HC 1652 Communities and Local Government CommitteeWritten submission from Genesis Housing Association


1. Development of submarket rented homes is possible only with subsidy. If this is to be limited, the government will need to look at what the purpose of subsidy is, as at too low a level, it undermines its own purpose. Possible uses for existing or future subsidy could include using it solely in the development of this type of housing; less subsidy implies less submarket rented homes, and may be considered an indication of the level of commitment to providing homes of this tenure.

A broadening out of provision/eligibility of submarket homes to households that would traditionally have been expected to access home ownership but now cannot—generation rent. Alternatively the government could look at using existing grant in production of new homes for people unable to access home ownership, with the broader intention of stimulating the economy. This would provide more economically and socially mixed communities, as well as cross subsidy to ensure affordability and sustainability in the long term.

2. The market is not willing or able to produce homes at submarket rents. It would be difficult to see scope for complete withdrawal of state lending to provision for this client group. Grant could be used by the state as investment in a social investment fund, using it as “seed money” rather than grant allocation. All monies in this fund would be ringfenced for financing housing supply.

To maximise state lending/investment the government should look at ways to reduce barriers for the sector in raising additional investment funding from other sources. Writing off grant and changes to the methodology used in valuing socially tenanted homes are two major issues that would support the sector in offsetting the reduction in grant, helping raise more investment capital in the medium to long term.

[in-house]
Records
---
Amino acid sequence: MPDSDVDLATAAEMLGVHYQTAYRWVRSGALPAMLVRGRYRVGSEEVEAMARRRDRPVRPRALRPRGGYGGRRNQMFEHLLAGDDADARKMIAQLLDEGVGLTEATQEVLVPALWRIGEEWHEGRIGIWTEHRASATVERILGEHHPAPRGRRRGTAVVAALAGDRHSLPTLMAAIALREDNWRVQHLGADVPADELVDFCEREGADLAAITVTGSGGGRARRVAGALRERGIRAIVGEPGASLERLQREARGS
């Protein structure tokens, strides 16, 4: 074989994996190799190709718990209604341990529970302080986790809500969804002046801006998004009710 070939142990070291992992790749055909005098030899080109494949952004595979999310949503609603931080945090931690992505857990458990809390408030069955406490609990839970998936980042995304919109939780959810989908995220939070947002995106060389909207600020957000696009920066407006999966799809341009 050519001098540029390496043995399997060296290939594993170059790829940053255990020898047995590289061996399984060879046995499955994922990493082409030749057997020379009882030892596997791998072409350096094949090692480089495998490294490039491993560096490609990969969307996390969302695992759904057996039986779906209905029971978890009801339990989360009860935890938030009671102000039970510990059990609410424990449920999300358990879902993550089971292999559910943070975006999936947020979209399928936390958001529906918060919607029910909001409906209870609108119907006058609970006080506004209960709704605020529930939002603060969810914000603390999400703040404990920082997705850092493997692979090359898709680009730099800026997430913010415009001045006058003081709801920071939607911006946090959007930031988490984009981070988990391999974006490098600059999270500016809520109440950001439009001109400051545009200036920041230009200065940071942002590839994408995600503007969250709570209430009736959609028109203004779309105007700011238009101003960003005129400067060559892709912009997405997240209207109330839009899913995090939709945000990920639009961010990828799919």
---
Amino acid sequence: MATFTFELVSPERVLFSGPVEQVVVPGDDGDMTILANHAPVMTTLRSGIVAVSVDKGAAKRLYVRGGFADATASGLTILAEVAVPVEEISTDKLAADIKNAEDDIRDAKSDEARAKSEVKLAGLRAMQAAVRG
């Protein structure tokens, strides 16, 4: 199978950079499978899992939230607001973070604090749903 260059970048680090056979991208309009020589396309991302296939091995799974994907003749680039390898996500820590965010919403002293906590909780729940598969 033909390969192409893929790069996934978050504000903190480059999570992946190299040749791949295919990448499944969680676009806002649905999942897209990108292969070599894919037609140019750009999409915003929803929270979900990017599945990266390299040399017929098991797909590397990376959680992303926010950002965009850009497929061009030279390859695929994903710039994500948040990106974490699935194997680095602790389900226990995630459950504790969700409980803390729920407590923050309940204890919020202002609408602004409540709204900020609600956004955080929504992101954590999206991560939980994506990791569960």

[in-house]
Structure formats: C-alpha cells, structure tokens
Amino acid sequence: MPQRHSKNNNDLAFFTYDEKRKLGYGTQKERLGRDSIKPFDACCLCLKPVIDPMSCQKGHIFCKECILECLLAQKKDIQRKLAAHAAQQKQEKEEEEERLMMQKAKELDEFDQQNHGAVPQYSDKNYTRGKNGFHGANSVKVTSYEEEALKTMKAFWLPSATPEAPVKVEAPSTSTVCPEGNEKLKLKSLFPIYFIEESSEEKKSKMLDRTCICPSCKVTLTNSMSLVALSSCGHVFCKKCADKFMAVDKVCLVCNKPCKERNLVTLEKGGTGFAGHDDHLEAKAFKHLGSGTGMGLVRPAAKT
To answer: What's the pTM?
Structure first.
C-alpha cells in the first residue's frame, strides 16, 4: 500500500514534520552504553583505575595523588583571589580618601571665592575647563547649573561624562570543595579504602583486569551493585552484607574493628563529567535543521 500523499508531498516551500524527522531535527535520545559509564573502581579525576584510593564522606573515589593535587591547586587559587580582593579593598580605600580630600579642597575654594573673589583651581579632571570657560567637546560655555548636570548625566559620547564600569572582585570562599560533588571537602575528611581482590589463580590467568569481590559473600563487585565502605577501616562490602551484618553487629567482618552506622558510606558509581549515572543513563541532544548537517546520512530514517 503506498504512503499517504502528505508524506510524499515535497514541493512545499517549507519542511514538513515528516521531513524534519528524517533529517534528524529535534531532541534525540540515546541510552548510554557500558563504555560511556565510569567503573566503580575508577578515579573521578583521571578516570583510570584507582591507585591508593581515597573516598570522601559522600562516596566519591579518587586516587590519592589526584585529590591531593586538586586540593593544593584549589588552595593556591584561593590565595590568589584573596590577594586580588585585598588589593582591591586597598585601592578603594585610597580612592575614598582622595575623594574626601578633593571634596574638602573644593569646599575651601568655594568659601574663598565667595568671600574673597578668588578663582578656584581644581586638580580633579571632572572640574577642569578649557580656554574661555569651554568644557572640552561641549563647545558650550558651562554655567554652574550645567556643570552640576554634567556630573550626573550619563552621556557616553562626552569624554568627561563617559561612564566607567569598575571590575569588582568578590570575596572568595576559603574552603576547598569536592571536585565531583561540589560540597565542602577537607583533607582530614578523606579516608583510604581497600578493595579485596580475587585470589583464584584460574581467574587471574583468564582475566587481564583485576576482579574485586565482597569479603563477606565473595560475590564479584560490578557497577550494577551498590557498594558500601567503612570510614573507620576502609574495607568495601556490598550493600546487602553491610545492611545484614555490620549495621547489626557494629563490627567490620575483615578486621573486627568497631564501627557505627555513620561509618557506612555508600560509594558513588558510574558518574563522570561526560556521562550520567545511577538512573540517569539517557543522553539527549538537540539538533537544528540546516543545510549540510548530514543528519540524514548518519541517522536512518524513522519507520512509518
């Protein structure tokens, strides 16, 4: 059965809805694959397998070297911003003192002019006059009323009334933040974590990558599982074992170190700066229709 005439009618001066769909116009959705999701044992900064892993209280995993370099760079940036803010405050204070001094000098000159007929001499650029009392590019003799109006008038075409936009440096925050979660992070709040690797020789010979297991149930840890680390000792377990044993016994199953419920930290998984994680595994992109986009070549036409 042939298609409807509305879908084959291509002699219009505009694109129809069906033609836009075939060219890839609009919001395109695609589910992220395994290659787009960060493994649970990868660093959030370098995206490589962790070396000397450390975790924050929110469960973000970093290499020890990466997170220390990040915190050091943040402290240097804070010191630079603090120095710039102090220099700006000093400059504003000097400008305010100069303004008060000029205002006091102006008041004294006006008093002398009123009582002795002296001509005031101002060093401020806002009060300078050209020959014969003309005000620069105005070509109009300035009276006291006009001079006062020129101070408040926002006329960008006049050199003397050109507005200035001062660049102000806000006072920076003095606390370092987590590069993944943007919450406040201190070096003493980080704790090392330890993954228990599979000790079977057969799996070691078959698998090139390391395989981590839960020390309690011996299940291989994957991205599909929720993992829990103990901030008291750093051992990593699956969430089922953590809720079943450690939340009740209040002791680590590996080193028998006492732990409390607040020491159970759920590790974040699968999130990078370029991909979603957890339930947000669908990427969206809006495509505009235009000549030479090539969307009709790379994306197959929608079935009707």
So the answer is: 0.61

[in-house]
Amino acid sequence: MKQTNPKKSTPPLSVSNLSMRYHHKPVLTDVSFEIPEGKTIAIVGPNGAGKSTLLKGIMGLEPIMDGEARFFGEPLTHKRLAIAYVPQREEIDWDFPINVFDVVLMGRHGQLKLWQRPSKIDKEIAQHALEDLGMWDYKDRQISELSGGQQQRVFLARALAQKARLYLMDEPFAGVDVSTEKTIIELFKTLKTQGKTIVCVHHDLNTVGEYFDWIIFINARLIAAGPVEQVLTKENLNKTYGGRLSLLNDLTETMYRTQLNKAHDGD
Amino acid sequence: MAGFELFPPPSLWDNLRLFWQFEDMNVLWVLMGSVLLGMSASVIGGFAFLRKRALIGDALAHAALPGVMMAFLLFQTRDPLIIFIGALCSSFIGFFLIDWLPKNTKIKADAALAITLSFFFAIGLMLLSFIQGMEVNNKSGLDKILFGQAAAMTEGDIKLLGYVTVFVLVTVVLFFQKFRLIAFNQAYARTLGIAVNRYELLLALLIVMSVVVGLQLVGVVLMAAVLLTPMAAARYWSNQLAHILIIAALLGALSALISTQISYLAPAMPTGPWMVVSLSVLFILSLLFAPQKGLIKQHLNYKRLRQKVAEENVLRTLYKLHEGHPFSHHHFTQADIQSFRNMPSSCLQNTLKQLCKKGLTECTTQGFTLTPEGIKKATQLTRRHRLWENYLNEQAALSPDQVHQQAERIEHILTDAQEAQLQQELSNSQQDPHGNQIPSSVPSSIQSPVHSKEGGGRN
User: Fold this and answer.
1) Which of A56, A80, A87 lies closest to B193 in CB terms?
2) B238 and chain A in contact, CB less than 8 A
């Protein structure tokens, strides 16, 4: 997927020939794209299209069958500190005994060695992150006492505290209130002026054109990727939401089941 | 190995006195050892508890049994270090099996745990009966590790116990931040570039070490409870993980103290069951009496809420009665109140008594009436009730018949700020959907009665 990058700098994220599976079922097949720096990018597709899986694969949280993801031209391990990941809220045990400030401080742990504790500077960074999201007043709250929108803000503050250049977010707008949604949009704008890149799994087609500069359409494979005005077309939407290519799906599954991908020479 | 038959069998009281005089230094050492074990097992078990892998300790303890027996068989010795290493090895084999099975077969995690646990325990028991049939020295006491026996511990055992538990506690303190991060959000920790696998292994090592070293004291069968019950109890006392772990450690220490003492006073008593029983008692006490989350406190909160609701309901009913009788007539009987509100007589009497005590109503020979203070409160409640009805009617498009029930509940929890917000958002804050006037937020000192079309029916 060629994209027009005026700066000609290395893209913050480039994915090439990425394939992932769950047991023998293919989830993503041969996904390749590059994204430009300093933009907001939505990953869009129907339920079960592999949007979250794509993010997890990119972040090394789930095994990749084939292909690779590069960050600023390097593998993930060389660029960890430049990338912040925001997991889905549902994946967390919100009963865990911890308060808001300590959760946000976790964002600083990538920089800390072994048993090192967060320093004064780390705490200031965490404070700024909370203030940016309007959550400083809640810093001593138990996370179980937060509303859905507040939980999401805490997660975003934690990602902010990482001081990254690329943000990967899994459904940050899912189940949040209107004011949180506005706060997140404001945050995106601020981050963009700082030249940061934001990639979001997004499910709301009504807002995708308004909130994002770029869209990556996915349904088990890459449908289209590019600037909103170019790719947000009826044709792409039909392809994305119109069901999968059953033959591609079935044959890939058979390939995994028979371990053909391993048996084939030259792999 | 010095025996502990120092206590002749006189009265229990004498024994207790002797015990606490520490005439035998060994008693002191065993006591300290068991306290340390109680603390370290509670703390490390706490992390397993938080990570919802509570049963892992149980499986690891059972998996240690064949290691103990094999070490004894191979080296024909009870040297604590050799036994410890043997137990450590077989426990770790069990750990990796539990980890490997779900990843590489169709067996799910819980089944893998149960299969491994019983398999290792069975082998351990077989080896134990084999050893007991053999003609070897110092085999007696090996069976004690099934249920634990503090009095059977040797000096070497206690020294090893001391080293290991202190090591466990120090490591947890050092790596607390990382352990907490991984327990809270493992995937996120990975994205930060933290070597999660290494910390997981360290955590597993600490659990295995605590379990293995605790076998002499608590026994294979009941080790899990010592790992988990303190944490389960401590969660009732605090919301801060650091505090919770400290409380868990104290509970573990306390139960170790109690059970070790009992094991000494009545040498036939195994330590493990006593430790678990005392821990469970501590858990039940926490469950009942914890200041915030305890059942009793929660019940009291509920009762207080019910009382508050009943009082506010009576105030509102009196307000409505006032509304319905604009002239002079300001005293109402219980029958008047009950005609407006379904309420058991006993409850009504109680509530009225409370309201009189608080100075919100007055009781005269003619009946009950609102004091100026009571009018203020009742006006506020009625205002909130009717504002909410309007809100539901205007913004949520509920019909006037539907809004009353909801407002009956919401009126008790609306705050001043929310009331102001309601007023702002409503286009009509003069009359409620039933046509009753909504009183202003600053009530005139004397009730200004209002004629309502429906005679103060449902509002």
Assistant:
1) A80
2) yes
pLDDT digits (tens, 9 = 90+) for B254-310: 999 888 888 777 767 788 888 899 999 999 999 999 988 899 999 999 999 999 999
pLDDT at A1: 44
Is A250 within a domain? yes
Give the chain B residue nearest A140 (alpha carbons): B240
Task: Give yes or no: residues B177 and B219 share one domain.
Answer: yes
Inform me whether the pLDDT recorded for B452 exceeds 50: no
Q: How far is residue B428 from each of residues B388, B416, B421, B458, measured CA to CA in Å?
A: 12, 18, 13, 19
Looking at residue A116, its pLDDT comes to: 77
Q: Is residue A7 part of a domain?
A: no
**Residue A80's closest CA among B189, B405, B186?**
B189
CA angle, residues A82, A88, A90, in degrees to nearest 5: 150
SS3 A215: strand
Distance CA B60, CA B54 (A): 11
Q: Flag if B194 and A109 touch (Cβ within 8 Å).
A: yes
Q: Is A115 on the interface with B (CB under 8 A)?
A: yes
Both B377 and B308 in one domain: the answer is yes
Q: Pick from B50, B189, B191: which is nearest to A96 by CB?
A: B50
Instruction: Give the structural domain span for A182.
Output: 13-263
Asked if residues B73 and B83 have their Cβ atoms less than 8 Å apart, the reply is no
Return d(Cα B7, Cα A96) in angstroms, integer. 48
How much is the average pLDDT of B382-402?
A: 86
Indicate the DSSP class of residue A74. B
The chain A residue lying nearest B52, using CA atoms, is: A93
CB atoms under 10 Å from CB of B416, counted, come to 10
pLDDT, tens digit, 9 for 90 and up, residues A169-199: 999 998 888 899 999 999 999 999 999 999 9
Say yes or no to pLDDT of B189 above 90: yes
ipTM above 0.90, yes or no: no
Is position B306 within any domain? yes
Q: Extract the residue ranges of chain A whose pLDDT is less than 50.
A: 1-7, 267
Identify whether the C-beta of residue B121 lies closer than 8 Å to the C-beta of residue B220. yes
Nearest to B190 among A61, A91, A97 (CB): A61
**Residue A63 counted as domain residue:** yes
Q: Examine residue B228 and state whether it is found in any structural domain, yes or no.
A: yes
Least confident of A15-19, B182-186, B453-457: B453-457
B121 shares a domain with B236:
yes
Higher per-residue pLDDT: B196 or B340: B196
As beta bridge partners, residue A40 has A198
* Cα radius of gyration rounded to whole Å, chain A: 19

3. Support in kind eg land, can only be provided once. This type of support will need to be based on the actual market value of the support, with an agreed financial return on it, so this can be sustainable and not only a one-off. Local authorities may also wish to invest part of their income in a ringfenced social investment fund, or provide support in kind in other ways to support financing of new homes where the market will not.

Where the private sector is not willing to invest, there should be recourse to public sector finance if where there is housing need. Guarantees may reduce the perception of risk in these cases.

Exploration of alternative models such as mutuals will require guarantees in order to be viable. In principle they are complementary to the housing sector, although to date have not been successful in competing for contracts/tenders in other areas, such as in the health sector and banking.

4. Larger housing associations have been successful in issuing bonds to provide long term finance. There is scope to look at the affordability of this approach, with exploration of local or national government taking on the role of a guarantor/broker to assist in providing long term finance for housing supply.

New developments will need to be mixed tenure to attract private investors. Revenue raised from private homes would cross subsidise affordable and target rented homes.

5. There is possible disjoint between the long term regeneration objectives of housing associations, and the relatively short term need to maximise return to a private sector investor. This could be overcome by subdividing large scale projects into phases, to ensure both parties’ objectives are met.